101st Assembly District
Kevin Cahill

Room 557 LOB, Albany, NY 12248 • (518) 455-4436
Governor Clinton Building, One Albany Ave., Suite G-4
Kingston, NY 12401 • (845) 338-9610

For Immediate Release
Date: July 1, 2001
Contact: Kathy Keyser
(845) 338-9610

Assemblymember Cahill's Able Column - Recommended Changes to NYS Building Code will Harm Disabilities Community - July 2001

As many of you know by now, New York State is planning to adopt a new building code to replace the existing one which we have been following since 1984. The new building code, known as the International Building Code, or IBC, is slated by the Governor's New York State Uniform Fire Prevention and Building Codes Council to take effect in January 2002.

While many of the changes included in the IBC will be improvements to New York State's current building code, the handicapped accessibility guidelines that contractors will be required to follow when building multi-unit apartment dwellings will be significantly decreased. In other words, people with disabilities are going to have an even tougher time than they do now locating accessible apartments.

Currently, all newly-constructed apartments in buildings with elevators and all ground floor apartments are required to have accessible routes and spaces, particularly at doorways and in bathrooms to accommodate wheelchair users and other people with disabilities. When the IBC takes effect in January, only two percent of these units will be required to maintain the degree of accessibility that New Yorkers with disabilities need, deserve and have counted on for the last 17 years.

Since this matter was brought to my attention, I have been working with disability advocates to encourage the Building Codes Council members not to reduce the accessibility standards by 98 percent.

But at a meeting on May 30th, the Codes Council decided not to revisit its decision because it would disrupt the process the Department of State is undertaking to meet the January, 2002 adoption of the IBC. Isn't it more important to make people a priority rather than a process?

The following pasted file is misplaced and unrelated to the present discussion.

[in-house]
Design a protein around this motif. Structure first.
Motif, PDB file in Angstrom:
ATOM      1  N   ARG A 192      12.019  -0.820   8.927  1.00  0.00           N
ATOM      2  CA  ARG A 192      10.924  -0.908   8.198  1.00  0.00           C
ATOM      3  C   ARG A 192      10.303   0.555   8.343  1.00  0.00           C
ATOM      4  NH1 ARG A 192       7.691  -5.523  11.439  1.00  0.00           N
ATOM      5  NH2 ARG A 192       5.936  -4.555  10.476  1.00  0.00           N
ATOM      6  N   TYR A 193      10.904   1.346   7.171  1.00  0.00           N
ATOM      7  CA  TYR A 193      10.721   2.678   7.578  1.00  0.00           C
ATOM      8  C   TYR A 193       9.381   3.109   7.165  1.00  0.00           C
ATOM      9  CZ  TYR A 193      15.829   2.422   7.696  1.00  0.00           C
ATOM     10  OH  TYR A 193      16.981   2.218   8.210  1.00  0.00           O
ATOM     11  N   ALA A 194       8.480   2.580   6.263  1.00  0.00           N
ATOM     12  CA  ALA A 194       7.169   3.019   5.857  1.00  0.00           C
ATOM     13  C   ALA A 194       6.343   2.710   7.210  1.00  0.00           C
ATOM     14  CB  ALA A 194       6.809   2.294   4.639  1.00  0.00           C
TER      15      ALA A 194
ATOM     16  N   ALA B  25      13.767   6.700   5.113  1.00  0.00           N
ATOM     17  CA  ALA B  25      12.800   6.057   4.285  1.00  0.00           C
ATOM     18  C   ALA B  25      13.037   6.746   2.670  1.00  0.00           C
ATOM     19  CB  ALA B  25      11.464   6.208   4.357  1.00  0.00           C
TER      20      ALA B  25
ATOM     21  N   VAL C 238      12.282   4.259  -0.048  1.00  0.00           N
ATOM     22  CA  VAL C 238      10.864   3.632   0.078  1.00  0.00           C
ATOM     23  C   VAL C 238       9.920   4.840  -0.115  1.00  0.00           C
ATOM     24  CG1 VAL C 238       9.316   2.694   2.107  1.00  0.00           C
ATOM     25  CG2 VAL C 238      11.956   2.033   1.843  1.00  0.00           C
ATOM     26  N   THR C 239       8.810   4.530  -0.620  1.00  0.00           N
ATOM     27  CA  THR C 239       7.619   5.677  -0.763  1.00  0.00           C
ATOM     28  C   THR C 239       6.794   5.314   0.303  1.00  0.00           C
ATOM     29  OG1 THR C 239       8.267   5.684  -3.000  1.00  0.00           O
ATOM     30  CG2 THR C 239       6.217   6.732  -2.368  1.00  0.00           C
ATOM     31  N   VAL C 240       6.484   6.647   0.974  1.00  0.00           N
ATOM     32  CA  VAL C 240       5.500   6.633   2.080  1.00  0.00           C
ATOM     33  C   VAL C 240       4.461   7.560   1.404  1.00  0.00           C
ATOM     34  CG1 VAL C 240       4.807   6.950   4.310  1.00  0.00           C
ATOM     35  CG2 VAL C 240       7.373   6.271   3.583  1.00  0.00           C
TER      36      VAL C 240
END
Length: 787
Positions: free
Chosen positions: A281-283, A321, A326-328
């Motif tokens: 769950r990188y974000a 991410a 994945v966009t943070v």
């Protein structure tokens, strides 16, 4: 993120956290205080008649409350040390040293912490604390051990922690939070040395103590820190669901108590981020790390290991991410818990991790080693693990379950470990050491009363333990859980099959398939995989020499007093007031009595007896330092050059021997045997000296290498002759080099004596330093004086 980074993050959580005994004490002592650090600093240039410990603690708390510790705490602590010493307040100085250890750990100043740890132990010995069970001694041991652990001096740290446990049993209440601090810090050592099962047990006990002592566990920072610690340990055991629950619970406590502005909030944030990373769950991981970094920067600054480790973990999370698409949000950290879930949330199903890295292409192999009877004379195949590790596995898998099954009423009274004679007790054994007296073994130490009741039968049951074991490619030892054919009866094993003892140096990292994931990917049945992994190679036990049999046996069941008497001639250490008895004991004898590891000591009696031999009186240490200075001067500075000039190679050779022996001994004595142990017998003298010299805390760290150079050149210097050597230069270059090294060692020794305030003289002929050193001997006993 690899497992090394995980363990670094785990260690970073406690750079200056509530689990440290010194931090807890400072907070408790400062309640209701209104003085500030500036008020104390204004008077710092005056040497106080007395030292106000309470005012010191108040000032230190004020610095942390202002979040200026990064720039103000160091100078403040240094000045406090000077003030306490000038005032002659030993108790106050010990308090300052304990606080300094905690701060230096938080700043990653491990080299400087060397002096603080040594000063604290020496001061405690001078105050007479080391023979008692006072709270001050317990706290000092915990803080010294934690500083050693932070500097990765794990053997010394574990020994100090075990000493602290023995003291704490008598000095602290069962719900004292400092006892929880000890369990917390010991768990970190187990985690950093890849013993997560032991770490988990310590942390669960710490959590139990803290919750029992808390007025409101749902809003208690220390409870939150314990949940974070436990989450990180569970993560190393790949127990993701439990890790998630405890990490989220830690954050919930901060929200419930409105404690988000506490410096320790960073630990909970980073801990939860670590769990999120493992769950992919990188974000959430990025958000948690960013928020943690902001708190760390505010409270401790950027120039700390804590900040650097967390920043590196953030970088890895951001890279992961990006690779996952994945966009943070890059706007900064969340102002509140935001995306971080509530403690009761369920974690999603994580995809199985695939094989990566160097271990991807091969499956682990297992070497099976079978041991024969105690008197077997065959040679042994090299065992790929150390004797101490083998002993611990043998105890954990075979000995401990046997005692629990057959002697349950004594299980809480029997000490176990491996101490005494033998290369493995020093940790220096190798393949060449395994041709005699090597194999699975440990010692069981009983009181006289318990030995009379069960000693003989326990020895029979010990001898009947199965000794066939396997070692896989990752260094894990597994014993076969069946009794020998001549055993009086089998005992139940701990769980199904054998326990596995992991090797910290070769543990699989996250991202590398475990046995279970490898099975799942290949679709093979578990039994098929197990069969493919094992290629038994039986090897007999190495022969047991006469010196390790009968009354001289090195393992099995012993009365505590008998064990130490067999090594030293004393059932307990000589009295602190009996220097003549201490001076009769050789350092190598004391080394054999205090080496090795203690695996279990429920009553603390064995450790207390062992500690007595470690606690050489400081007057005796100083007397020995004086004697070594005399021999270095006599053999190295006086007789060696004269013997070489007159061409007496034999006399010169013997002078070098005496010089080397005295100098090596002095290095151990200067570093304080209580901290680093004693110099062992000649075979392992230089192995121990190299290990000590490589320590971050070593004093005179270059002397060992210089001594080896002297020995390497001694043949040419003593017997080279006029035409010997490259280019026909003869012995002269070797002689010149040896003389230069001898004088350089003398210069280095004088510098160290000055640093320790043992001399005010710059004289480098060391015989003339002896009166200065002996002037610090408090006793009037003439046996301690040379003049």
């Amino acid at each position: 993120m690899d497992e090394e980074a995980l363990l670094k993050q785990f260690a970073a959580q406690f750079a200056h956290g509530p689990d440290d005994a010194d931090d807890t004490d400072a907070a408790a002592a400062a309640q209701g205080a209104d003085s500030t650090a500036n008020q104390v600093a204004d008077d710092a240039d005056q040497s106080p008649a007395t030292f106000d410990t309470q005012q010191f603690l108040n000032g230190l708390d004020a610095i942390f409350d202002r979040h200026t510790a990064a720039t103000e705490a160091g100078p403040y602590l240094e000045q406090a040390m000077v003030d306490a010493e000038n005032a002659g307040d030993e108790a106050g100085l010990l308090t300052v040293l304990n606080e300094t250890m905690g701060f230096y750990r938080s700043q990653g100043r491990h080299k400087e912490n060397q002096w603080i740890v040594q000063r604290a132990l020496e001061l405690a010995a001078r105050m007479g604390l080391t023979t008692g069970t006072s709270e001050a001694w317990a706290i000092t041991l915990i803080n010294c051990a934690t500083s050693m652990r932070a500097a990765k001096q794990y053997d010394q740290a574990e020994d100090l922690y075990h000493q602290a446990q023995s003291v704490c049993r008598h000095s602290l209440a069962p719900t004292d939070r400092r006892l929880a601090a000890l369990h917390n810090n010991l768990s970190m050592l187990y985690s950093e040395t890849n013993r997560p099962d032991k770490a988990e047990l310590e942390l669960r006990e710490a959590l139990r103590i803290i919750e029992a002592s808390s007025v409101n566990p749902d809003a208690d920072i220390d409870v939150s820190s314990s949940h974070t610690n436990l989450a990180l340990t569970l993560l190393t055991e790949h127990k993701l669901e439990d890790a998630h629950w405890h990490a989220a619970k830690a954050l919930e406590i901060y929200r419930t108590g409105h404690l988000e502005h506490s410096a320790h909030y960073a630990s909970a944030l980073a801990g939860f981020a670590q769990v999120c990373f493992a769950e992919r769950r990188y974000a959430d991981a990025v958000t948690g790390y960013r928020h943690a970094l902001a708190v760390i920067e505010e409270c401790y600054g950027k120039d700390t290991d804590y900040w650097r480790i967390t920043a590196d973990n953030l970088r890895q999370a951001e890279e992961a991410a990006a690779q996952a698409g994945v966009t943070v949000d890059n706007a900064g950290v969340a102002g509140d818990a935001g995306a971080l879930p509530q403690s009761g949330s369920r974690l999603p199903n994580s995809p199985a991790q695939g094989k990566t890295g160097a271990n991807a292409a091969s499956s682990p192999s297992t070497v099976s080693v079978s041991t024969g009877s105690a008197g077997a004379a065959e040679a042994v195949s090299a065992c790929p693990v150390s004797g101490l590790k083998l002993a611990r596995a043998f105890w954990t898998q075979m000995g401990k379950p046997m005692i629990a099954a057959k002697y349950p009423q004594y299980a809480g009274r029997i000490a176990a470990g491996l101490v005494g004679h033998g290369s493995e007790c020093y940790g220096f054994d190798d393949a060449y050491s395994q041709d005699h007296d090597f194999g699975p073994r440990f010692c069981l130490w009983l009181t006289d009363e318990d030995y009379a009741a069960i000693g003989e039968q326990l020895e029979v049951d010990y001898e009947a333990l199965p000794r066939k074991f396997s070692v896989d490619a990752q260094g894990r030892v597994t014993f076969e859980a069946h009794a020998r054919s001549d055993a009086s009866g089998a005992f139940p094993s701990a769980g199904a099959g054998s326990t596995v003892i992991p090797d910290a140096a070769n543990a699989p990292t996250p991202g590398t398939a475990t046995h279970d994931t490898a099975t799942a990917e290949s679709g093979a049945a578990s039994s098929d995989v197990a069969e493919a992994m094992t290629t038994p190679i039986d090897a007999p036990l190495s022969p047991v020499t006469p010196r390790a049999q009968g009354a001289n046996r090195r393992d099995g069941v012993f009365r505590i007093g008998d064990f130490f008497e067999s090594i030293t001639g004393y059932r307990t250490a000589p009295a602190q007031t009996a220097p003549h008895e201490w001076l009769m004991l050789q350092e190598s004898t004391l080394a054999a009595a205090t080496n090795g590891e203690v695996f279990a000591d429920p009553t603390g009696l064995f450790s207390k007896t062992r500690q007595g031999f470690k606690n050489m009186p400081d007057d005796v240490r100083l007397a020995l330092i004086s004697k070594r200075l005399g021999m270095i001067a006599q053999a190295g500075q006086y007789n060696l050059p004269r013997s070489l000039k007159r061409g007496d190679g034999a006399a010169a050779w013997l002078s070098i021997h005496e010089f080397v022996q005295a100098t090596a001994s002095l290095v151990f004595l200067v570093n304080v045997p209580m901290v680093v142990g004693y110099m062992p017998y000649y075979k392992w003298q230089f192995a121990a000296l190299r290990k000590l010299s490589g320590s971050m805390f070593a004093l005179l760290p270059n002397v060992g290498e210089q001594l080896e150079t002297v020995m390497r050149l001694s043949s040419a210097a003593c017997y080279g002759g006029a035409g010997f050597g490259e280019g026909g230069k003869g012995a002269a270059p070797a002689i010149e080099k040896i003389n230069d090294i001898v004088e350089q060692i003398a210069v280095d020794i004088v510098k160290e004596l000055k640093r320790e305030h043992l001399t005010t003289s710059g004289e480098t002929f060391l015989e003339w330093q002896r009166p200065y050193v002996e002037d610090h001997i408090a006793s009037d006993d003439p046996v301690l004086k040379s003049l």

The fact that the Building Codes Council is even considering this dramatic of a reduction is a slap in the face to all disabled and aging New Yorkers. I'm shocked at the Codes Council's decision in light of the recent U.S. Supreme Court Olmstead vs. L.C. ruling which reaffirmed that the Americans with Disabilities Act (ADA) requires states to serve people with disabilities in the most integrated setting appropriate to their needs.

As we move to enforce this important provision of the ADA, more accessible housing is clearly needed - not less. I truly believe that by integrating people with disabilities into the community, we can offer increased opportunities for employment, enhanced social lives and a more active role in our communities.

In the meantime, the Assembly has been making several efforts to ensure that New York State complies with the Olmstead decision. Many disability advocates participated in the March 27th public hearing on the status of New York's compliance with the Americans with Disabilities Act requirement that people with disabilities be served in the most integrated setting appropriate to their needs. On May 16th, the Assembly passed its disability package, which is geared towards improving access for people with disabilities.

And the Task Force recently delivered a letter to Governor Pataki with the signatures of several Assemblymembers - including that of Speaker Sheldon Silver - asking him to encourage the Building Codes Council to increase the amount of accessible housing from the two percent that is currently proposed. A March 30th letter asked the same from the Department of State.

And that's why on June 20th the Assembly passed my bill (A.8931) which will maintain New York State's current requirements for accessible apartments which enable people with disabilities to live independently. Be assured that I will continue the fight for an increased percentage of accessible housing, both through legislation and continued encouragement to the Governor and his Codes Council. I urge you to do the same. Contact Governor Pataki and lend your voice to the dozens of others who are concerned about the impact reduced housing will have on New Yorkers with disabilities.

Assemblymember Kevin A. Cahill is the Chair of the New York State Assembly Task Force on People with Disabilities. Anyone with questions, comments or suggestions can reach the Task Force office at 518-455-4592.